Gentoo, one of the most powerful Linux distributions around, has a reputation for being extremely hard to install and use. Sabayon makes it easy, coming with graphics by default and the Anaconda installer. Sabayon retains the functionality of Gentoo and portage, but also introduces some new features, the most noticeable being the Entropy package manager. Note that all the below information pertains to Sabayon 7
Entropy is the binary package manager for Sabayon. It installs binary packages that the sabayon build server compiles from the portage tree, much like yum or apt could. Gentoo is a source-only distro, so this is a vast improvement if you have little knowledge of compiling packages. To invoke Entropy use the command equo. Equo has a beautiful command lines displays which are fully colorized for quick interpretation. Equo automatically handles dependencies, so installing a package is as easy as invoking equo.
Sulfur is the graphical interface to equo. It is not install by default, so you must use equo install sulfur as root to install it first. Then, you can use the sulfur command to start the package manager or use the "Entropy Store" link on your desktop. I would highly recommend the advanced mode that sulfur comes with as the non-advanced is a bit simplistic.
Remember, Sabayon is based on Gentoo, so you can still use portage. Just use the emerge command. Be warned, however, as mixing Entropy and Portage can severely damage your system. Pick one to carry out activities.
There is one thing to note, however, and that is that equo update updates the repositories, not the system. To update the system use equo upgrade. Updating the system will scan configuration files and replace them when it does and you allow it, so upgrading may fix breakage.
Sabayon comes with a range of desktop environments (you can choose which .iso to download), but they are all installable via Entropy. Gnome 3 is the desktop environment that I chose, and I noticed something right away; sane defaults!
Gnome 3 comes with an icon-less desktop and only a close button, but in Sabayon it comes configured the way a normal person would use their windows. Gnome-tweak-tool is also installed by default, so if you prefer to use GNOME a different way you are free to. I have also tried e17 and rather enjoyed it, but a graphics problem disallowed me to continue using it. Whether or not it was a problem with the e17 package or my computer I never found out.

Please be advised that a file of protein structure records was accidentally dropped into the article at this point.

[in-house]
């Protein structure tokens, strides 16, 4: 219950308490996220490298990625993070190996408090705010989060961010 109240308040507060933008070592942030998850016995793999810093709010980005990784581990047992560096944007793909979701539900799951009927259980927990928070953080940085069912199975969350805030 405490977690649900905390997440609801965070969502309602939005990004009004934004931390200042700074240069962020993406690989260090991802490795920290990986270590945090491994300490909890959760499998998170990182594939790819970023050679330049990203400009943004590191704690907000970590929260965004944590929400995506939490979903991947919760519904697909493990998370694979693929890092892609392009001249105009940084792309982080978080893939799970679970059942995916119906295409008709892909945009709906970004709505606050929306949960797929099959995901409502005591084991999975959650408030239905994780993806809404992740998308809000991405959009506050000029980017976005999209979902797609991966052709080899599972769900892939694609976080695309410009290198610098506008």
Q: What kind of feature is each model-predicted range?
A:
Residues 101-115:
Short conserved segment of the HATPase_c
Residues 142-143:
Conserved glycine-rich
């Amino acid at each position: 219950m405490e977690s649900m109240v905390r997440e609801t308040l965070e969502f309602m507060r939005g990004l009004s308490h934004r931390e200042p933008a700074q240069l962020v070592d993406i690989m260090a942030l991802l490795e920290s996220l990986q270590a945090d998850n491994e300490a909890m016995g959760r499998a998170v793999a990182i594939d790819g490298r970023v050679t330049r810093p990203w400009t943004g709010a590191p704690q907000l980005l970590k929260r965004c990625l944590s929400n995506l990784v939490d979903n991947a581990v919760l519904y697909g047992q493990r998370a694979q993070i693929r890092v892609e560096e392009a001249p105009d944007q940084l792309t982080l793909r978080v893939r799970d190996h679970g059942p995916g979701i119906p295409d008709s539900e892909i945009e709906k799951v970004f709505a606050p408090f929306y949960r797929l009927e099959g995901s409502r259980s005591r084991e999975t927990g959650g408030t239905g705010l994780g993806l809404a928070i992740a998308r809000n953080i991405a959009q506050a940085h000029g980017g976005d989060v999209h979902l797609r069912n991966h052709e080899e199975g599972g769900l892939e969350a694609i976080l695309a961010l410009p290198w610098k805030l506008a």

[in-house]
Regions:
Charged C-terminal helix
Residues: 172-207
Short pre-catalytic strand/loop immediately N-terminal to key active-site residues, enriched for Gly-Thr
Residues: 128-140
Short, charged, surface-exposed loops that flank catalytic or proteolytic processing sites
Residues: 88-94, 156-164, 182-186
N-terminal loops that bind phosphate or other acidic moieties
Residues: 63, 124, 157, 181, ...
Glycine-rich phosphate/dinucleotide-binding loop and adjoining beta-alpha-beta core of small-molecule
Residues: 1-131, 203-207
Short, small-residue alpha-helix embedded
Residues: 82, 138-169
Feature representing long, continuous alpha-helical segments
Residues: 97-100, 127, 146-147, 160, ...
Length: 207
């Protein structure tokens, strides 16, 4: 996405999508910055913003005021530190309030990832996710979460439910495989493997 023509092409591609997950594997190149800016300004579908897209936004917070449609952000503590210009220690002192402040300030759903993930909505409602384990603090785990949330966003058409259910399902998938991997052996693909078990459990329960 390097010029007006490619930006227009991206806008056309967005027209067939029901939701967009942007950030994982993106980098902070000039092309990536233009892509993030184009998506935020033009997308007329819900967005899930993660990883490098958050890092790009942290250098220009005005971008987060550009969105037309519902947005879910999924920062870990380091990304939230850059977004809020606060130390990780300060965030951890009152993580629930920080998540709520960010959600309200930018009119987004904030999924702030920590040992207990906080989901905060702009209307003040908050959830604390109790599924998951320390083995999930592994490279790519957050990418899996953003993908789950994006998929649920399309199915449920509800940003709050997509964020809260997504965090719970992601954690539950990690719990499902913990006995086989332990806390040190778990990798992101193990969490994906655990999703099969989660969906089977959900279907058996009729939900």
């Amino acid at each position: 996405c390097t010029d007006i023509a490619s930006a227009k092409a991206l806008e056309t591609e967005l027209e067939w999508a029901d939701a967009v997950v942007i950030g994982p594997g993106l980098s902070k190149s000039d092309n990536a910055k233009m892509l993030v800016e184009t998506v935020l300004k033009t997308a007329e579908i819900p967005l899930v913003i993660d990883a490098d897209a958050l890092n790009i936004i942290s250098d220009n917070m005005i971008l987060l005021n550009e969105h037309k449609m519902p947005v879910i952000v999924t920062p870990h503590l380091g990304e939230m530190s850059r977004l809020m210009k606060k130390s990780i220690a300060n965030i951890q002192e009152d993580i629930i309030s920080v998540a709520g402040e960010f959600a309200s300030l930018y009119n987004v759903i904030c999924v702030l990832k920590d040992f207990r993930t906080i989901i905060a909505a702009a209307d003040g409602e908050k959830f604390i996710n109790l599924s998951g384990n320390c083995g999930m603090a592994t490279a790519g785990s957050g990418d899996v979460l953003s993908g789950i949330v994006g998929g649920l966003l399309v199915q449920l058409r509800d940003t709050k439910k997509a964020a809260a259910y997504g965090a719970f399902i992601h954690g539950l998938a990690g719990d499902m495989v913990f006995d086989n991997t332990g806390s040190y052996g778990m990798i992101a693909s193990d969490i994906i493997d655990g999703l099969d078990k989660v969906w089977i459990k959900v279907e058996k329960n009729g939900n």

This is one of the most noticeable things in Sabayon. The GRUB splash screen is both readable and pretty, as well as the boot. The boot process has probably the best display out of any Linux distribution I have used thus far. It shows a progress bar, text readout, and explains how to enter verbose mode. Even in verbose mode, the output is contained within the splash.
The terminal is even prettified. The default color scheme in the terminal has a great default color scheme: black background, green prompt, white text.
Stance on Freedom
Sabayon is not as freedom-heavy as other distros, but instead includes nonfree software from the get-go and has the nonfree repositories enabled by default. This means there is a great option of having driver support right out of the box, and if not, having it easily installable.
You may have heard of The Arch Way, the arch linux philosophy on computing. Their ideal operating system is a bare-bones system where the user determines how it will be structured. Sabayon is exactly the opposite. Sabayon's goal is to create a distribution that includes all of the software you will need in their default installation. Personally, I loved the software that was installed (Chromium, GIMP, Libreoffice) but others feel that it adds unnecessary "bloat" to the system. On modern computers, a few extra hundred megabytes of information isn't too bad of a thing; and if it is, you can uninstall it with Equo.
Sabayon has quickly becoming my primary operating system. I choose Sabayon because package availability is great, it is based on Gentoo and has portage capabilities, the aesthetics are great, and the original installation will be enough for most users in terms of preincluded software. In all of my previous distributions I have had to put up with some minor error, and I usually end up breaking everything trying to fix it. In Sabayon, I have come across a few errors, but nothing that an update won't fix. Sabayon is also a bleeding edge, rolling distro, so I may never have to reinstall it. I would highly recommend it to a distro-hopper or someone looking to try something different and useful.
My Sabayon Linux (names crossed out)